SANA’A, Mar. 6 – Two people were allegedly killed and one wounded by the military in Amran governorate at a “peaceful anti-government protest” last Friday. The protest was organized by the rebel Houthi group, who were calling for the overthrow of the regime. The Houthis accused the Yemeni military of opening fire on the protesters.“The dead bodies are still with the military and also the wounded,” Ali Al-Dailami, head of the Yemeni Organization for Defending Rights and Freedoms, told the Yemen Times. “We won’t check the legality of the military keeping the bodies as the whole behavior is against the law that guarantees the right of life and the right of expression,” he added.
The government claims that the protest wasn’t peaceful and that the Houthis started the violence against soldiers which led to the injury of four soldiers.
“Around 11am today [Friday], an armed group of men attempted to overrun a military checkpoint in Tamthalah. Both sides exchanged gun fire which injured four soldiers – two of which are in a critical situation – and additionally three armed men were injured. There were no peaceful demonstrations in the vicinity of the checkpoint,” read a statement from the government.
The Yemeni Organization for Defending Rights and Freedoms, which is concerned about the relationship between the Houthis and the government, condemned the targeting of anti-government protesters in the south and in the northern areas (Amran and Sa’ada) of the country. A statement from the organization claimed that the violations against anti-government protesters are systematic, not individual mistakes, and should be taken as war crimes to be dealt with by the International Criminal Court.
The state spent six years at war with the Houthis which ended last year in a truce. According to Al-Dailami, the Houthis this time chose a peaceful way of protesting in harmony with other Yemeni governorates that are holding peaceful demonstrations calling for the overthrow of the regime. The government responds differently to protesters in different governorates.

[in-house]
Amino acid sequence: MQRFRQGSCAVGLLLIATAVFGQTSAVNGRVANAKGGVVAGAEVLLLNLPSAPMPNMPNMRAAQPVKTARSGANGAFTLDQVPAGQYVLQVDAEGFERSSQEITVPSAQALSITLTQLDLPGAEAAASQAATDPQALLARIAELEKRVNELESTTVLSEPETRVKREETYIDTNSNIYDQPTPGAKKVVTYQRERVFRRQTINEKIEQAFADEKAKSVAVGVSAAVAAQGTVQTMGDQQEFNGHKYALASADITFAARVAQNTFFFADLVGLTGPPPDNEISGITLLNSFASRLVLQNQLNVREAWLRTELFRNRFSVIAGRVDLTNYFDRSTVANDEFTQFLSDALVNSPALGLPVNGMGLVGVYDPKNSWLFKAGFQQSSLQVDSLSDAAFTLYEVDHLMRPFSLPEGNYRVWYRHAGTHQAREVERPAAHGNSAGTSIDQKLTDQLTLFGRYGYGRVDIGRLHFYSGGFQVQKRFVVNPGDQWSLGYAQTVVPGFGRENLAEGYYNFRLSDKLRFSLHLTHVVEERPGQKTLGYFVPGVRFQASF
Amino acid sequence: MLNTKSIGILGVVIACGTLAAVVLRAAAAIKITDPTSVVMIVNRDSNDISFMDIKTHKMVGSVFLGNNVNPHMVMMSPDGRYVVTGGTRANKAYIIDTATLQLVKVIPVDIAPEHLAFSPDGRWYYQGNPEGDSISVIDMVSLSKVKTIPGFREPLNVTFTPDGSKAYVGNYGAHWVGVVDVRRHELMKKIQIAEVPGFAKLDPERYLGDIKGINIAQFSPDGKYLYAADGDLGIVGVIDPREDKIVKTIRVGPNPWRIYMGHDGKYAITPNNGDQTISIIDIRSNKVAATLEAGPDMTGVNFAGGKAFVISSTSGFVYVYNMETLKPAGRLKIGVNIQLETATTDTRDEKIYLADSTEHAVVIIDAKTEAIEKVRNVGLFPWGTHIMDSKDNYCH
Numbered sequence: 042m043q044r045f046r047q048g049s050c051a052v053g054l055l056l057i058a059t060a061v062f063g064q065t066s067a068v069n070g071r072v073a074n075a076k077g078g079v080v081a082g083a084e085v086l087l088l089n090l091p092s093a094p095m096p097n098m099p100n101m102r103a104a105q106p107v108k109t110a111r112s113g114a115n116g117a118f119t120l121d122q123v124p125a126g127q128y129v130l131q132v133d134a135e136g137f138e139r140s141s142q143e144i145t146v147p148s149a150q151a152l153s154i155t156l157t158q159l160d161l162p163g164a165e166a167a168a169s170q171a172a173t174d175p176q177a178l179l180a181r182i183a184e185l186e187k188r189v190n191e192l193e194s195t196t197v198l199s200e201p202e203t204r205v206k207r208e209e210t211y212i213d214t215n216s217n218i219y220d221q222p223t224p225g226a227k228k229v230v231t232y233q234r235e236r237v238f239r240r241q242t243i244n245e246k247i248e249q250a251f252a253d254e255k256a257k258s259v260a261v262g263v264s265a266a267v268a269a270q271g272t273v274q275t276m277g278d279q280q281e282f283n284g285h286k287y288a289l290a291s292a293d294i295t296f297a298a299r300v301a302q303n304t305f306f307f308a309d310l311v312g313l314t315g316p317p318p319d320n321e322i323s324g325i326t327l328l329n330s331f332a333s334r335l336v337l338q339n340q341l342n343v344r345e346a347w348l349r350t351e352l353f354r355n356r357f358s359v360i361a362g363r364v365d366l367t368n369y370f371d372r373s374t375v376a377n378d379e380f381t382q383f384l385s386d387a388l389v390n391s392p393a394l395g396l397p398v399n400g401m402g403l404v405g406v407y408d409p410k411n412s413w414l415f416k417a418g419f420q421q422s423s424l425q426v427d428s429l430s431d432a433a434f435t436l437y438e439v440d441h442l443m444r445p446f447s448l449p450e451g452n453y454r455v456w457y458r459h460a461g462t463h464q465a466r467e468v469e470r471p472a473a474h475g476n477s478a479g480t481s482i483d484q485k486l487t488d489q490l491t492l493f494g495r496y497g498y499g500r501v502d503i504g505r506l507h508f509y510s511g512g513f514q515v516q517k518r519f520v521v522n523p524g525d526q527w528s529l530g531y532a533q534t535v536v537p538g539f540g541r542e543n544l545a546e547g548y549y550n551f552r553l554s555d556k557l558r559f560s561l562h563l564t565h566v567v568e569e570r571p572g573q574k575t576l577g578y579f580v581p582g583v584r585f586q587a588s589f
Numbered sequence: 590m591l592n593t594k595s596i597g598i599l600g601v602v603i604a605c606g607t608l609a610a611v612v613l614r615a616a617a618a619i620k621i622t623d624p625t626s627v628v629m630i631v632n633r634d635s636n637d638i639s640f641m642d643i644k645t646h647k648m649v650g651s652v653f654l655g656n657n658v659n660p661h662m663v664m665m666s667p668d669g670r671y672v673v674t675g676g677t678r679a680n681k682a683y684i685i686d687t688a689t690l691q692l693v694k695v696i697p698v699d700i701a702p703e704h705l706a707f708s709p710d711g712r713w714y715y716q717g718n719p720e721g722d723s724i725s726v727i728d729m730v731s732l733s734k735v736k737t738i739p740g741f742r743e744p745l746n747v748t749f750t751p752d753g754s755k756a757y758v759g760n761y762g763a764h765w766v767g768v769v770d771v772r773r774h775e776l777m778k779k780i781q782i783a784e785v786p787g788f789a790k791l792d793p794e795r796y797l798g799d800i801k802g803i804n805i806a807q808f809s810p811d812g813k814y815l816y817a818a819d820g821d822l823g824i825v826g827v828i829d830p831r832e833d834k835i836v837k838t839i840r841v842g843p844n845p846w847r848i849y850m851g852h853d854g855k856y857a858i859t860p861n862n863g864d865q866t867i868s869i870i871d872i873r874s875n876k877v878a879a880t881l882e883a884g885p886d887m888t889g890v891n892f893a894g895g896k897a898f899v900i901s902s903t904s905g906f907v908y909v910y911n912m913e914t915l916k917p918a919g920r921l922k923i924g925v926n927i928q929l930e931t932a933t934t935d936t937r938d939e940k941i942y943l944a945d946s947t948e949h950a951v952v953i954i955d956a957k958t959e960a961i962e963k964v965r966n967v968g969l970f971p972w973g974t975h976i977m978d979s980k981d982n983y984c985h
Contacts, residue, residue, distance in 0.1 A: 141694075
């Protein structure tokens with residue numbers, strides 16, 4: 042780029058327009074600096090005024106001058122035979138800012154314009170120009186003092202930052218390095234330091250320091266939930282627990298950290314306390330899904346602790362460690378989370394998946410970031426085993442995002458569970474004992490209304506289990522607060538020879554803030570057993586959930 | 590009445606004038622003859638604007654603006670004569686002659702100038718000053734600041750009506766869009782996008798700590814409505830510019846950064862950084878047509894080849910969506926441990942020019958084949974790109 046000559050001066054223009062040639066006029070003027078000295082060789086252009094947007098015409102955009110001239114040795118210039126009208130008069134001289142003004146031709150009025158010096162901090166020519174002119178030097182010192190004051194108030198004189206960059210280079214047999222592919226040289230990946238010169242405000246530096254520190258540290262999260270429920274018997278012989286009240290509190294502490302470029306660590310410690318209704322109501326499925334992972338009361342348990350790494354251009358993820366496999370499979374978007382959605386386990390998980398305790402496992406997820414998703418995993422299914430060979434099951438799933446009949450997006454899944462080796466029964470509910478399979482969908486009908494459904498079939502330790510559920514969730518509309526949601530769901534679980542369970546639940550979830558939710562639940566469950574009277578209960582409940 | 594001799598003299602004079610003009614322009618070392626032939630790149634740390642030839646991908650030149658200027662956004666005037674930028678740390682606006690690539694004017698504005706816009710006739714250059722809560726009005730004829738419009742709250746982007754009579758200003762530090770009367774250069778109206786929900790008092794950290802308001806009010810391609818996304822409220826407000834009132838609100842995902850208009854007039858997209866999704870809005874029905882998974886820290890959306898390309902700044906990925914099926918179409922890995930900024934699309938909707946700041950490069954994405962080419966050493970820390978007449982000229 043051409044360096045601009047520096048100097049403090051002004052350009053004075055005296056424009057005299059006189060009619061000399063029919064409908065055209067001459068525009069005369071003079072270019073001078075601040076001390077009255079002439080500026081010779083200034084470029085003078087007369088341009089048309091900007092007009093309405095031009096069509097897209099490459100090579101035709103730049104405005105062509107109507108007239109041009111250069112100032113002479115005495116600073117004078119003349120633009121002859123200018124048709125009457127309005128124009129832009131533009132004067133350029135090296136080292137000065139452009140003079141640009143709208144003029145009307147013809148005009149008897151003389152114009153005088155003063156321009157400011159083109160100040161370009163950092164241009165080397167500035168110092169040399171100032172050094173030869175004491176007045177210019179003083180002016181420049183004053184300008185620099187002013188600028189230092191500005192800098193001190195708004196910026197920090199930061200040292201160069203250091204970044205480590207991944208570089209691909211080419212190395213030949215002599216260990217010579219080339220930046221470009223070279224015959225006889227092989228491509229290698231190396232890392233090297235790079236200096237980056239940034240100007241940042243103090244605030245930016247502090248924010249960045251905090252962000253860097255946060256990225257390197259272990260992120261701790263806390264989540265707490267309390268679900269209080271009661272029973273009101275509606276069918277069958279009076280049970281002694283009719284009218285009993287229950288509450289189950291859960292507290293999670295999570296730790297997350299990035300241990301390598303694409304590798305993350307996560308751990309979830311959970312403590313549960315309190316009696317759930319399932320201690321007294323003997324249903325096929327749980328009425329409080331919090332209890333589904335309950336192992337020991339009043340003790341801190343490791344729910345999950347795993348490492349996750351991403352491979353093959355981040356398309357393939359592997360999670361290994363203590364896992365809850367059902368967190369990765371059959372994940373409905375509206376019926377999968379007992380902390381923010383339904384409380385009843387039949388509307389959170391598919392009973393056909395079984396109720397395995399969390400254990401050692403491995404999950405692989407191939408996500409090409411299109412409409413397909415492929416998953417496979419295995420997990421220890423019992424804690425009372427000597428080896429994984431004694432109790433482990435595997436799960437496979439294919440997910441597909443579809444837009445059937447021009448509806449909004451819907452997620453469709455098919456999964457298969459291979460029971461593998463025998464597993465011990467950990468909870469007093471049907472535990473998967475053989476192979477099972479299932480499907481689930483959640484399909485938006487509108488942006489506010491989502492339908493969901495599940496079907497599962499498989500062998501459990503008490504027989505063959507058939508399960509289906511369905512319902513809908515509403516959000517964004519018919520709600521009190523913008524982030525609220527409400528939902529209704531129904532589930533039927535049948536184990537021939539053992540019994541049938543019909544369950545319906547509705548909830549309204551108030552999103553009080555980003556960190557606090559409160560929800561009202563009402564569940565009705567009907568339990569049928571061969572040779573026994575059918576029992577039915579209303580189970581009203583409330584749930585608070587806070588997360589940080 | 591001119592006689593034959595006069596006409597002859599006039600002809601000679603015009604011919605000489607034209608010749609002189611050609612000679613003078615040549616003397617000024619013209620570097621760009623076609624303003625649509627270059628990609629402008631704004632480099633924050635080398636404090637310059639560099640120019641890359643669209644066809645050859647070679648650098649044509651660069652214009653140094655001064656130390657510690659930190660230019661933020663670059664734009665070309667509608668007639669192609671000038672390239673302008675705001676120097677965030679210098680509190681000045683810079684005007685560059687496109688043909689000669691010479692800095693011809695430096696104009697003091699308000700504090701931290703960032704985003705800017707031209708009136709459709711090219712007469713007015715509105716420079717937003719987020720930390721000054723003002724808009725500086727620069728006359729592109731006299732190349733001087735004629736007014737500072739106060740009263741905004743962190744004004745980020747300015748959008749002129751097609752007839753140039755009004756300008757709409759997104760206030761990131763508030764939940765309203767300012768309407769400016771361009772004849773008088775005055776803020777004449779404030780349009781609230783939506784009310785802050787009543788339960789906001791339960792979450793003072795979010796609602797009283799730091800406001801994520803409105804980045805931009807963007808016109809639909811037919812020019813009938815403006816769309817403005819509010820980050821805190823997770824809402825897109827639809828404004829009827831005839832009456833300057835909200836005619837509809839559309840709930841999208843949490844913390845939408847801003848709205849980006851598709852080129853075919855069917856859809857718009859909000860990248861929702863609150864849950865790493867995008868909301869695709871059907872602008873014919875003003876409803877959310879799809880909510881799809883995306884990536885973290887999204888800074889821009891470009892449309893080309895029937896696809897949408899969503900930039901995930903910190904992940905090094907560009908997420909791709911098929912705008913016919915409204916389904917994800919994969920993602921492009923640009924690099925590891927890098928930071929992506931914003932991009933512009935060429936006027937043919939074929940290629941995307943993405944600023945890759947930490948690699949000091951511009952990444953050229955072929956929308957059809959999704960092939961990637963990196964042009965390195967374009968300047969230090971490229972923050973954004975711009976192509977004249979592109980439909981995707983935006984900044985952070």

“The state is using violence in the areas that they are scared of, such as the southern governorates, because of the absence of a strong media role there, and tensions in the government of the protests increasing,” said Al-Dailami.
The government uses the participation of some Houthis in the capital’s anti-government protests to throw suspicion upon the aims of the revolution. Some people who want to join the anti-government protests do not because of the presence of Houthis. “I would be crazy to join the protests while the Houthis are there,” said Nuha Saif, who works at an international organization. She believes the protests would be dangerous to attend if Houthis are there.
The general impression at anti-government protests in Sana’a is that there is no harm from the Houthis, and that they are part of the Yemeni people who have the same right as others to reject the regime.
“We noticed their presence at the Sana’a University sit-in, but they are Yemeni citizens before anything else,” said Al-Dailami. “They are there as individuals, not as a group, and they didn’t try to organize themselves with any group.”
President Ali Abdullah Saleh has warned that the call to overthrow the regime is made by the Southern Movement and the Houthis. He has claimed the former are aiming for the separation of Yemen, and the latter for turning the republic to a Shi’ite kingdom.
“The regime is desperate. This shows when the regime is trying to create zones of discrimination by treating the southern people as separatists, the Houthis as royalty, and people from the central area’s as ‘burgholis’. This is a word used to denigrate someone,” Al-Dailami explained.
The state is now accused of trying to incite peaceful protesters to become violent, and to distort the values of the “peaceful revolution,” according to Dr. Al-Murtadha Al-Muhatwari, a Shi’ite scholar who is concerned with Houthism.
“After six years of war between the Houthis and the government, for them to choose peaceful protests is something that should be encouraged, but the state doesn’t know anything but violence,” he said.
Al-Muhatwari said that the message the state wants to send is that they don’t acknowledge peaceful protests and all they know is violence. “The regime is the one who is tearing apart the country. If the regime is overthrown, the country will be more unified than ever, including with the Houthis,” said Al-Muhatwari.
From a religious point of view, some Islamic scholars have announced that calling for the overthrow of a regime is wrong as it is disobeying the ruler. Al-Muhatwari responded by saying “It’s prohibited for the state to kill its citizens, and they have killed over 20,000 citizens in Sa’ada because they are Shi’ite. Enough! They are citizens after all, whether they are Shi’ite or even Jews. Even if they were animals they shouldn’t be killed,” he said angrily.
Al-Dailami said that the truce between the Houthis and the state is in danger after the violence on Friday. Al-Muhatwari said that the regime can’t afford a seventh war with Houthis.